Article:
Part III of My Dark Places, entitled “Stoner,” introduces the reader to L.A. County Sheriff’s Department homicide detective Bill Stoner, who later would assist Ellroy in reinvestigating his mother’s murder.

This section of the book runs more than 50 pages, and some have complained that the Stoner portrait breaks the book’s momentum.

While I don’t disagree, I think the Stoner section serves two purposes – to help explain why Ellroy would decide to share this most personal of journeys with Stoner (like Ellroy, Stoner is haunted by dead women), and to bring home (via a recap of Stoner’s professional life) that murder in America is both numbingly commonplace in its frequency and painfully singular in its impact.

Ellroy writes of Stoner: “Bill saw my mother’s death in full-blown context. I loved him for it.”

*     *     *

“You can’t run from me . . . . It’s our time now.”

gheIn Part IV of the book, “Geneva Hilliker,” Ellroy returns to El Monte to revisit the circumstances of his mother’s death.

In a perversion of his wife’s advice, Ellroy’s initial idea was to view the case file and write a magazine piece that would help generate publicity for American Tabloid.

Ellroy would indeed review the file. The file photographs of his mother were the first time he had seen her in many years.

He would read the autopsy report, view the crime scene photographs and the suspect mug shots, and peruse the investigative notes. He would write his magazine piece (published in GQ), but find it an unsatisfactory “reckless pass.”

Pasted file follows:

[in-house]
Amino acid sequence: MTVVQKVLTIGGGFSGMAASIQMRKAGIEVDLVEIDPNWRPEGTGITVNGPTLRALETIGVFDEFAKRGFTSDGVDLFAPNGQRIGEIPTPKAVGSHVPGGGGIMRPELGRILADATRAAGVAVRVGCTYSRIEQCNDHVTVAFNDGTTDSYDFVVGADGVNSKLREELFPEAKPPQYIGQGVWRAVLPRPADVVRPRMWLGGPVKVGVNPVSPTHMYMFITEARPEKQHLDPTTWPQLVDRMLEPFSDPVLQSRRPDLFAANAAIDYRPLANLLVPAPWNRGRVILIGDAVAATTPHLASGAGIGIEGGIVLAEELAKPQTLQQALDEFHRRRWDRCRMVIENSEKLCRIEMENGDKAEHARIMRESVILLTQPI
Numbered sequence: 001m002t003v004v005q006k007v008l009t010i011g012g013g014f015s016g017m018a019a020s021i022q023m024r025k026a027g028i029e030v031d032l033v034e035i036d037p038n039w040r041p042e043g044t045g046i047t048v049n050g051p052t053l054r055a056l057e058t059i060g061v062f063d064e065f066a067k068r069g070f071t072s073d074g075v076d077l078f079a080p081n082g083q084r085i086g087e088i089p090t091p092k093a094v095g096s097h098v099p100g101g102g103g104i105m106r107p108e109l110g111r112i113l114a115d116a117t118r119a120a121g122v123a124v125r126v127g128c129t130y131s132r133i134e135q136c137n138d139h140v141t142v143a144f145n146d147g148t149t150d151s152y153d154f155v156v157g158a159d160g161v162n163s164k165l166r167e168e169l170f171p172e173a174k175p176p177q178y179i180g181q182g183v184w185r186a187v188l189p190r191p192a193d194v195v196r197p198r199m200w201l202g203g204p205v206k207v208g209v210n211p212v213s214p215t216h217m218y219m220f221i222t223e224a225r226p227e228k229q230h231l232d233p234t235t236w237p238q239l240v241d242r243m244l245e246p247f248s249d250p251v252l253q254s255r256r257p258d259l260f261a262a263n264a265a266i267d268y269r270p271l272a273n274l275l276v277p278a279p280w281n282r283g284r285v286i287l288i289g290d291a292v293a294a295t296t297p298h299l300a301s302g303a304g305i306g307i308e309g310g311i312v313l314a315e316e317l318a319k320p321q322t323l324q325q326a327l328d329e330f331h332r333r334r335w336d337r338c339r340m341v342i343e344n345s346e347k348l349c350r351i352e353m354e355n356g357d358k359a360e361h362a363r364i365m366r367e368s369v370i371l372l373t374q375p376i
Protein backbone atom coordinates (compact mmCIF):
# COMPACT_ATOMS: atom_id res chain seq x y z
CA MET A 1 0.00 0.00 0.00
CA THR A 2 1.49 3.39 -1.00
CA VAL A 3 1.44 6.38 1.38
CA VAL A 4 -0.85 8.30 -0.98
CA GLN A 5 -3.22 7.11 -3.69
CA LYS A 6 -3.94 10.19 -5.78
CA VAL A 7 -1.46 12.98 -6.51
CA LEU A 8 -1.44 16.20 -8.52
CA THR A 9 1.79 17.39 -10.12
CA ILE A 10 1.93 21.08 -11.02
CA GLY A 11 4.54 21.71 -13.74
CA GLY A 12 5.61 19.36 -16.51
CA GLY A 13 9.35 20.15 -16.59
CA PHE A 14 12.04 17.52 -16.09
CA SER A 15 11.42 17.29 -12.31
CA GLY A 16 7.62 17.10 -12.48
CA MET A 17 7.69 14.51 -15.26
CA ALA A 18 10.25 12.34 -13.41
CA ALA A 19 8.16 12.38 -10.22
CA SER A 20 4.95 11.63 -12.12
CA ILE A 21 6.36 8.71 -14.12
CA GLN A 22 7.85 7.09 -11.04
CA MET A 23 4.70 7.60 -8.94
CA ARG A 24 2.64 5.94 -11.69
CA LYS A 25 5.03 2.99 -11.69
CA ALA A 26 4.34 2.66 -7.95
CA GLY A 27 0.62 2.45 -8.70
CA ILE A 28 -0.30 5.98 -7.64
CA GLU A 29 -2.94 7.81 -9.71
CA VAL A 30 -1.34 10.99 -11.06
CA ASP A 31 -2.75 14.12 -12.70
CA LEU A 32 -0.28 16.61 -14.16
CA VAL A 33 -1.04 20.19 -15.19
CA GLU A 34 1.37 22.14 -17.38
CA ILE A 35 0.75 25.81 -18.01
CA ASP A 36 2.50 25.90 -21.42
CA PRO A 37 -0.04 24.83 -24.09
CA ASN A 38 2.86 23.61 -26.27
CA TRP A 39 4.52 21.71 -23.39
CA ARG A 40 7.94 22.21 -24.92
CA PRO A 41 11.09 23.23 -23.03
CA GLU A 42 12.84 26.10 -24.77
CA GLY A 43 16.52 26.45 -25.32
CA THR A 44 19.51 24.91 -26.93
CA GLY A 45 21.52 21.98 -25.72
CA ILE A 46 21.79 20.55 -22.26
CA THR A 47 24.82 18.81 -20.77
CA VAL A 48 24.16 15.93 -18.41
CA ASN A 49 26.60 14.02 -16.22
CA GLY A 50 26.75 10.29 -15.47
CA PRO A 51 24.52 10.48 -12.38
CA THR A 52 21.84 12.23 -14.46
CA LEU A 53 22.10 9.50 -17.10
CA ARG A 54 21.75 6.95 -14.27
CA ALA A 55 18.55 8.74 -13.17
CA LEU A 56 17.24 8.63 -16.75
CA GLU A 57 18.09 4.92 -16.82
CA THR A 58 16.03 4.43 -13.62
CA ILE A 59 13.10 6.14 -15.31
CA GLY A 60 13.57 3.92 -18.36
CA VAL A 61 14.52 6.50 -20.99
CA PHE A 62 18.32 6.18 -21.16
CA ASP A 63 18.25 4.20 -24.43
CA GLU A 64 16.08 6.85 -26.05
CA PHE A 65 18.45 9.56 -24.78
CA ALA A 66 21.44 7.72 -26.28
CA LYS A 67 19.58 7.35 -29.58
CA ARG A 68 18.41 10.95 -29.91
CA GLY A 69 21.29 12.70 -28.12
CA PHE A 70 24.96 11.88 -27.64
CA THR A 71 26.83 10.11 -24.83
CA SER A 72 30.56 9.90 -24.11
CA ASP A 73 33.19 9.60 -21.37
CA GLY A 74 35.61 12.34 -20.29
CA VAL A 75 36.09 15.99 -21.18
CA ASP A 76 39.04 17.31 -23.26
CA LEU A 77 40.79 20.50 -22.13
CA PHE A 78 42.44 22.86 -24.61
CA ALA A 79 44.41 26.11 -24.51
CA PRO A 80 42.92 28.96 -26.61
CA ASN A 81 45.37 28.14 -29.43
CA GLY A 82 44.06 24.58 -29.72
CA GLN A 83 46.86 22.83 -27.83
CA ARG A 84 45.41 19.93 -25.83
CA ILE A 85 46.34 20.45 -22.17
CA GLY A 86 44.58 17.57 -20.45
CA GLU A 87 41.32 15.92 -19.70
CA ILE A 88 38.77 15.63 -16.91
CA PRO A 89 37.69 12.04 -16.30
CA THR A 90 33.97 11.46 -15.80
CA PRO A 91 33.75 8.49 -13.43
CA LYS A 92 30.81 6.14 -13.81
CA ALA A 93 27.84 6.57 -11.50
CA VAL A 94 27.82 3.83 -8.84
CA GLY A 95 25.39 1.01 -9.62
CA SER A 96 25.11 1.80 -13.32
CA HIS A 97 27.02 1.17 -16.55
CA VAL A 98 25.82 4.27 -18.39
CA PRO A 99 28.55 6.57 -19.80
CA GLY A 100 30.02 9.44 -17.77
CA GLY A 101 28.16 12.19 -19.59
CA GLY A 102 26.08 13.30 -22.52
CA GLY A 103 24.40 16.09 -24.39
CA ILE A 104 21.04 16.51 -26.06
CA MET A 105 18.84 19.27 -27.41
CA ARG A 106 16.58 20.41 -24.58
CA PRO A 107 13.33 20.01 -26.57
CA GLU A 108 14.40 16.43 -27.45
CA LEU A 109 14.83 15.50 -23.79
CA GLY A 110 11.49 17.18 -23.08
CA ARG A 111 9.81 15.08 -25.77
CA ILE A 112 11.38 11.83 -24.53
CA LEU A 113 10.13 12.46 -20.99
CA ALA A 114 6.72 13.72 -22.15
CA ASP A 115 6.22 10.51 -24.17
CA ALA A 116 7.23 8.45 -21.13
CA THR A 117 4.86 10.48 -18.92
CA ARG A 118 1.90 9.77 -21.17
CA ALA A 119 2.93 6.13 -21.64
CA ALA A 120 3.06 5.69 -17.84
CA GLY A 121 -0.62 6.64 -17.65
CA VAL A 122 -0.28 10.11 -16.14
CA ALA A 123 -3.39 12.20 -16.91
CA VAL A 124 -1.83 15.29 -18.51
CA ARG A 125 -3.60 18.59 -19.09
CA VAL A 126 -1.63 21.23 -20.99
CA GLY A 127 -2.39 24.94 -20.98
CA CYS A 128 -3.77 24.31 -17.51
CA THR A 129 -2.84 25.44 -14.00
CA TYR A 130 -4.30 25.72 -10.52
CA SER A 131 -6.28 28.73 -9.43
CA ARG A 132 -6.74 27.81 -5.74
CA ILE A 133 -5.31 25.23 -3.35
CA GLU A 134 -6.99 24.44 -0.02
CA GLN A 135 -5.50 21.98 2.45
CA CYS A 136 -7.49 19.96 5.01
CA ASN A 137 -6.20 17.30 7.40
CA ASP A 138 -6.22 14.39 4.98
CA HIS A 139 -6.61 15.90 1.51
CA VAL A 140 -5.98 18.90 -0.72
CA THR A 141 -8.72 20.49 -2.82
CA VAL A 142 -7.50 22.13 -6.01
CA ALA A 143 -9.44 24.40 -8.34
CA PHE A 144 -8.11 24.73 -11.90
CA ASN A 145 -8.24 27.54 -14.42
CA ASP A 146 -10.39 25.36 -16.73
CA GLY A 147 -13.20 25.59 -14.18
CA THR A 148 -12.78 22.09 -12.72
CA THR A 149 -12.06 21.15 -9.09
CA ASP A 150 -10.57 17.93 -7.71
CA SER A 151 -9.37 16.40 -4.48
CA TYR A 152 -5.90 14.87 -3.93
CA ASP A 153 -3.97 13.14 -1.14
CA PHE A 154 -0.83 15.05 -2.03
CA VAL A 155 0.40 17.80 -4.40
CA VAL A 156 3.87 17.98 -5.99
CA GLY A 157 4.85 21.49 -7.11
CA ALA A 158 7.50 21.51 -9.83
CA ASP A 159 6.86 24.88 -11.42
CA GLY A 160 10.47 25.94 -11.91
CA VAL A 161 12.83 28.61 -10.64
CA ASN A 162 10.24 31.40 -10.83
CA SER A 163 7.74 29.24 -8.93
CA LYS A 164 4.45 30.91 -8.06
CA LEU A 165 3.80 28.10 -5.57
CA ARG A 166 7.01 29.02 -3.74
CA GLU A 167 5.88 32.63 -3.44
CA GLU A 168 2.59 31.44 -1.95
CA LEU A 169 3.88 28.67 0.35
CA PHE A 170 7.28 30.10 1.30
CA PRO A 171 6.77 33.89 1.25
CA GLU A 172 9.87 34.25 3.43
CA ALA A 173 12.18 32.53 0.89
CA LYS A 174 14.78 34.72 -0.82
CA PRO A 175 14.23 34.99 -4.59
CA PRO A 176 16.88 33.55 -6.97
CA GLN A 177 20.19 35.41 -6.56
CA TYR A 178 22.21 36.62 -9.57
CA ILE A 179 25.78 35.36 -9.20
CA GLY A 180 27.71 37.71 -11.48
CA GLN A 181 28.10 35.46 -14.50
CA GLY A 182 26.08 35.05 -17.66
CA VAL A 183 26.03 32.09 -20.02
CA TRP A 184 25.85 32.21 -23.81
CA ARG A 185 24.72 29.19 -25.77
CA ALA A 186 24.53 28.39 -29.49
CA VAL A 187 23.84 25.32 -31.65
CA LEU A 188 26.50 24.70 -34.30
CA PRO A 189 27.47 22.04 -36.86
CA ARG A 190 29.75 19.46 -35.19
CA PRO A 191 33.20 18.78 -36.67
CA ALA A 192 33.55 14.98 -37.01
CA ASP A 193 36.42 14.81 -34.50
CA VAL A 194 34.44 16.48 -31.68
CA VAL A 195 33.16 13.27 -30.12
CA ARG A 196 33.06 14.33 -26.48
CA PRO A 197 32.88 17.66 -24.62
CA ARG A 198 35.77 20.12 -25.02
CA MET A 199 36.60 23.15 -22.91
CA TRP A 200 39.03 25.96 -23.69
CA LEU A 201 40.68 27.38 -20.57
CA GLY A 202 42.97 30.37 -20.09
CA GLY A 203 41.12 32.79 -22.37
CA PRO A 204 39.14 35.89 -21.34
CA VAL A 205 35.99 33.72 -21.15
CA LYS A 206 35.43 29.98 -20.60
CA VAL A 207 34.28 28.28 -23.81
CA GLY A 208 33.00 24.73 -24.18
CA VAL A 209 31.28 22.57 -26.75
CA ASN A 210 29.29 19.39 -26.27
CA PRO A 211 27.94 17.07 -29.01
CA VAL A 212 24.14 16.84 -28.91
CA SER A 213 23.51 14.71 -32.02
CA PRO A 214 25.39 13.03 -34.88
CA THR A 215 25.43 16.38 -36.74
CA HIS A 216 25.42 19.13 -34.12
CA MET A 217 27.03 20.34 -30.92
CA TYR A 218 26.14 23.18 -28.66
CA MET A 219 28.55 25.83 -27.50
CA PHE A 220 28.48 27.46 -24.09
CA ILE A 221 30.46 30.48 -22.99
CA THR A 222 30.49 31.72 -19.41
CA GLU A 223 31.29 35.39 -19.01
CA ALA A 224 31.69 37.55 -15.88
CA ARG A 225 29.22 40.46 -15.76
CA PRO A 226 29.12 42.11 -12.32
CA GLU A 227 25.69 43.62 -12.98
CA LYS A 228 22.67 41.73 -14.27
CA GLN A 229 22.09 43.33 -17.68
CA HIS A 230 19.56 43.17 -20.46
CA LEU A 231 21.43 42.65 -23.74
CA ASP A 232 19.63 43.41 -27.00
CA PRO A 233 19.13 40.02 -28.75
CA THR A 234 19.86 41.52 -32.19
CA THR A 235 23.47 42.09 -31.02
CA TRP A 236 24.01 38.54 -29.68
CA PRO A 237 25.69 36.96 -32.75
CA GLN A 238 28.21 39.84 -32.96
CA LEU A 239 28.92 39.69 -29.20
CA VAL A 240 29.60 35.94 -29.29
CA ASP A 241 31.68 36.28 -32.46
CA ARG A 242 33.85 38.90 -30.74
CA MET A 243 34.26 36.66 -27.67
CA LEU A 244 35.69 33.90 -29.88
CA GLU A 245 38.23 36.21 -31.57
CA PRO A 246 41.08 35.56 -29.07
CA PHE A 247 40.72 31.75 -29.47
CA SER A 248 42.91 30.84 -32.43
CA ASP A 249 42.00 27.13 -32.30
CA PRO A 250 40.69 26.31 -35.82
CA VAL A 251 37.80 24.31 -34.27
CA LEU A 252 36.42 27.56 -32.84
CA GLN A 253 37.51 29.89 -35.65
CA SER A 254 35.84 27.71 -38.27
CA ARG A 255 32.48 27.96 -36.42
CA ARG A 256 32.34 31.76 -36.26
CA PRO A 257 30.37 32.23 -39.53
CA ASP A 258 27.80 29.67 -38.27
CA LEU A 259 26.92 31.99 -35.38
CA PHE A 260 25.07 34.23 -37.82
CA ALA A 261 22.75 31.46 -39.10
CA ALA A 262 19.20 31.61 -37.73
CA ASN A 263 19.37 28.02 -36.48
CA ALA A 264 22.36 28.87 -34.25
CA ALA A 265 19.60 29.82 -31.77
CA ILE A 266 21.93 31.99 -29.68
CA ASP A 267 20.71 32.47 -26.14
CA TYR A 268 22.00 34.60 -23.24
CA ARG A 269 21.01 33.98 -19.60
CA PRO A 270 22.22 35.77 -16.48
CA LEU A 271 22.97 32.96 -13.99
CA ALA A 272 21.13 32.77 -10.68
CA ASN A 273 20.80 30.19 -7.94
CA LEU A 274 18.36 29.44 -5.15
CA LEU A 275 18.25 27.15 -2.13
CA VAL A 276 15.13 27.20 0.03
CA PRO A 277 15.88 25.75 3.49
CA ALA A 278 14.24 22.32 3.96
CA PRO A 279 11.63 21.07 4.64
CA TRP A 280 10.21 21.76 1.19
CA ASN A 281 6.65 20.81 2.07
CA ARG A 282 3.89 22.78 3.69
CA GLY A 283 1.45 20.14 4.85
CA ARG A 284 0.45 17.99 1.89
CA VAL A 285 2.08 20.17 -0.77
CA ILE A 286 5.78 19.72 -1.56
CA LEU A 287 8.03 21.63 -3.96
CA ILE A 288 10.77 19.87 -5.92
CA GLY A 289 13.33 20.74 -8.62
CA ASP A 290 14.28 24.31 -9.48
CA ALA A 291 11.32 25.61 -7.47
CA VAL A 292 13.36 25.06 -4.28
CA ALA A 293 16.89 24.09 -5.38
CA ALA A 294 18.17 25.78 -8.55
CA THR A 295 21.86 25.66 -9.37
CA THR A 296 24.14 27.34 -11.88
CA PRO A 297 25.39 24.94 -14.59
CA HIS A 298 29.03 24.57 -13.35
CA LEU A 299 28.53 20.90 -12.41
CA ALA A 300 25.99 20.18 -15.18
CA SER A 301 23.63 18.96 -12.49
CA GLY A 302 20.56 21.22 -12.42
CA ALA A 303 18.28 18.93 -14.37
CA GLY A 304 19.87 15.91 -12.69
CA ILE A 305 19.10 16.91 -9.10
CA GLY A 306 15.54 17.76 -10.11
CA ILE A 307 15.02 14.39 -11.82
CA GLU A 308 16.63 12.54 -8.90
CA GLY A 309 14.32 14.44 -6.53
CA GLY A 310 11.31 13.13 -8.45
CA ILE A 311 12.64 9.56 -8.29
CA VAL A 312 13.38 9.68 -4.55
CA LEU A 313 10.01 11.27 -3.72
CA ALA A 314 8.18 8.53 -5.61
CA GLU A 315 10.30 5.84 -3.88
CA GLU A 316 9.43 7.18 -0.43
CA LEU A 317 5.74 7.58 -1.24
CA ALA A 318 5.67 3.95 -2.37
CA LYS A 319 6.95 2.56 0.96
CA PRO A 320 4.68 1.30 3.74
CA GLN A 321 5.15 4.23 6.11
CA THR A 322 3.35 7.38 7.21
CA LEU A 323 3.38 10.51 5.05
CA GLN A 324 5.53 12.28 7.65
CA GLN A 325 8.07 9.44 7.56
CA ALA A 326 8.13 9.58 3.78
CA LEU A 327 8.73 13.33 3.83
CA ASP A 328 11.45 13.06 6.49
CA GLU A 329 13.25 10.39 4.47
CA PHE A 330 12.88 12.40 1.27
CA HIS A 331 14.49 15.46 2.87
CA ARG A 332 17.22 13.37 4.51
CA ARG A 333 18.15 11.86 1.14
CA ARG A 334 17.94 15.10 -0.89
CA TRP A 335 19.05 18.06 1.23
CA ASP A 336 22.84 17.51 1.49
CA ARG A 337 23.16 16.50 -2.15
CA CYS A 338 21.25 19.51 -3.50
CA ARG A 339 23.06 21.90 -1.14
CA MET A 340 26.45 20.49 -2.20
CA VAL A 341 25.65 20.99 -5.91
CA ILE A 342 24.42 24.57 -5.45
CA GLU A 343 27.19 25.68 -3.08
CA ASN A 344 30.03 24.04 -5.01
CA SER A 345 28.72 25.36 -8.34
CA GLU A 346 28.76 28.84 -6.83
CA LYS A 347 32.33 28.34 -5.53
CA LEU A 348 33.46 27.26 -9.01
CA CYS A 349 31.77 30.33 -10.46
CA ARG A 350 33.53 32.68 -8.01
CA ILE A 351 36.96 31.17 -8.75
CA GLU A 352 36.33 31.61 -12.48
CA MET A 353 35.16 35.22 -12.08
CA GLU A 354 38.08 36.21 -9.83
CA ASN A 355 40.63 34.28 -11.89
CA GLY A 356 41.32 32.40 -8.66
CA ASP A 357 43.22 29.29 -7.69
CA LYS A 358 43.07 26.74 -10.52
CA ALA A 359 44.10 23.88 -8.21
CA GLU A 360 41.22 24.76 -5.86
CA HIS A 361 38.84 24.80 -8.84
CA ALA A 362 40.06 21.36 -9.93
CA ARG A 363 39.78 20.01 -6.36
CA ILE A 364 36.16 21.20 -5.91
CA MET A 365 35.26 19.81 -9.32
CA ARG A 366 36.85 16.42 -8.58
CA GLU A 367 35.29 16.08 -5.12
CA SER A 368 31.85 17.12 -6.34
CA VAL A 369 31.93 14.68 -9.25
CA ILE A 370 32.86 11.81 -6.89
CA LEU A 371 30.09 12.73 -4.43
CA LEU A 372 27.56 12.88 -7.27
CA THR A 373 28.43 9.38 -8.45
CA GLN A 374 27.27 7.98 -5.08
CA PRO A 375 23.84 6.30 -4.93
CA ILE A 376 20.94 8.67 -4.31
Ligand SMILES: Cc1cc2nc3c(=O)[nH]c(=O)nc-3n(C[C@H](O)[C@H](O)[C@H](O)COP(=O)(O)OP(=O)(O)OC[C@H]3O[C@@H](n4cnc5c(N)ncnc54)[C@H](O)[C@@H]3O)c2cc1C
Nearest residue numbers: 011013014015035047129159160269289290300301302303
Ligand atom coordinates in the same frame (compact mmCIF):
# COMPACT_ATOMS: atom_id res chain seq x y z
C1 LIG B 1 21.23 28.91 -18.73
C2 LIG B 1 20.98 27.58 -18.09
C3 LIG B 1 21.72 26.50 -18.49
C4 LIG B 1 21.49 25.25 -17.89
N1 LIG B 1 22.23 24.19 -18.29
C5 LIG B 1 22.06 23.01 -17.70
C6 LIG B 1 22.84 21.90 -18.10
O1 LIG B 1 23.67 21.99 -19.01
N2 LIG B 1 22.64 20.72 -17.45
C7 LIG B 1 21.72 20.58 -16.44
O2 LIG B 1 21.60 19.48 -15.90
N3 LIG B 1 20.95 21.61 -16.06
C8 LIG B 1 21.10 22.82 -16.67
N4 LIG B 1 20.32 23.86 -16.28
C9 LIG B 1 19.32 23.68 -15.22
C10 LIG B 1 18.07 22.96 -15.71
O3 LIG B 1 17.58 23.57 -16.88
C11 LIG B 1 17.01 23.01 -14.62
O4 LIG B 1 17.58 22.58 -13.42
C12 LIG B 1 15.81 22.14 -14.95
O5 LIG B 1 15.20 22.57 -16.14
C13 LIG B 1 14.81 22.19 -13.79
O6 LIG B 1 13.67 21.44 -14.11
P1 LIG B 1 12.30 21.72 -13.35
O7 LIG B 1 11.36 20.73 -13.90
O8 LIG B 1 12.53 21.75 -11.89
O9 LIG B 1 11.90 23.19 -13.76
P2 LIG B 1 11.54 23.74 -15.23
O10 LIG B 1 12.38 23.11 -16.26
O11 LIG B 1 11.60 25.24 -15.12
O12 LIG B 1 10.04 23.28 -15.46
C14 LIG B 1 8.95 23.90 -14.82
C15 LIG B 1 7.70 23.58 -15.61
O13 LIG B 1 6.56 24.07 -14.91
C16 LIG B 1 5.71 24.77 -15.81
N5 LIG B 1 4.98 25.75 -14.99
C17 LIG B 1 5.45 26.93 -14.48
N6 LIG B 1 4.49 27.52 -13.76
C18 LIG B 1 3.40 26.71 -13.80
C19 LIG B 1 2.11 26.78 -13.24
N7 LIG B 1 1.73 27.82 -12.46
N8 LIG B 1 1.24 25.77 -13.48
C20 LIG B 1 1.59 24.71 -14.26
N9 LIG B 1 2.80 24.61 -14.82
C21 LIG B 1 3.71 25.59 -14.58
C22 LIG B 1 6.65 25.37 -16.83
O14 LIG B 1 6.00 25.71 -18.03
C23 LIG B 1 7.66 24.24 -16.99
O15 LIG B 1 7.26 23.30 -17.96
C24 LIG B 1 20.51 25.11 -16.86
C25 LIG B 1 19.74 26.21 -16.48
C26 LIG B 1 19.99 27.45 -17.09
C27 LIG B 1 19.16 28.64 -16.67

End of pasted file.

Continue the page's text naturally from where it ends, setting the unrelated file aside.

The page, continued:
He then decided to expand the magazine piece into a full book (My Dark Places), and enlisted the help of Stoner, who had facilitated Ellroy’s access to the case file but had since retired from active duty. This would take Ellroy back to the San Gabriel Valley and to his mother’s childhood hometown in Wisconsin.

Ellroy would open the evidence bundle and place his mother’s death dress to his nostrils. He would hold the cord and nylon stocking in his hand, noting that The Swarthy Man had constricted them to three inches in diameter in strangling his mother. He would visit the house he shared with his mother and the site of the old Stan’s Drive-In. He would linger at King’s Row, the road behind Arroyo High School where his mother’s body was found. With Stoner’s help, he would exhaustively review the investigative notes, speak to old witnesses, and dig up new witnesses. He would find El Monte to be “a perfectly circumscribed zone of loss.”

Does Ellroy solve the case and find The Swarthy Man? Does it even matter in the end? Ellroy acknowledges his hate for The Swarthy Man, but ultimately rejects any notion of closure, and comes to view The Swarthy Man merely as a pointer:

The Swarthy Man was irrelevant. He was dead or he wasn’t. We’d find him or we wouldn’t…. He was only a directional sign. He forced me to extend myself and give my mother her full due. She was no less than my salvation.

 *     *     *

“I’m with you now. You ran and hid and I found you. Your secrets were not safe with me. You earned my devotion. You paid for it in public disclosure.”

Ellroy’s work, and My Dark Places in particular, is not for everyone.

Ellroy uses the vernacular of the times about which he writes, thereby exposing their racism and misogyny. His humor is dark. His scrutiny is unrelenting. He doesn’t just hold up a mirror to your face – he opens your skull and exposes the fire, and ash, and wreckage inside. Obsession is his constant companion.

But this is precisely why Ellroy needs to be read. We all inhabit the dark places from time to time, and Ellory has been there. When we visit, he is our lampholder.


Mary Osborne, James Ellroy, Matt Osborne some years ago














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For more from Matt Osborne, please check out some of his prior guest posts at Bacon including essays on Please Be With Me, A Song for My Father, Duane Allman, and Go Set a Watchman.

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Photo of James Ellroy with framed book covers from his website.

Photo of James Ellroy and mother in newspaper clipping from

Photo of Geneva Ellroy in nurse’s uniform from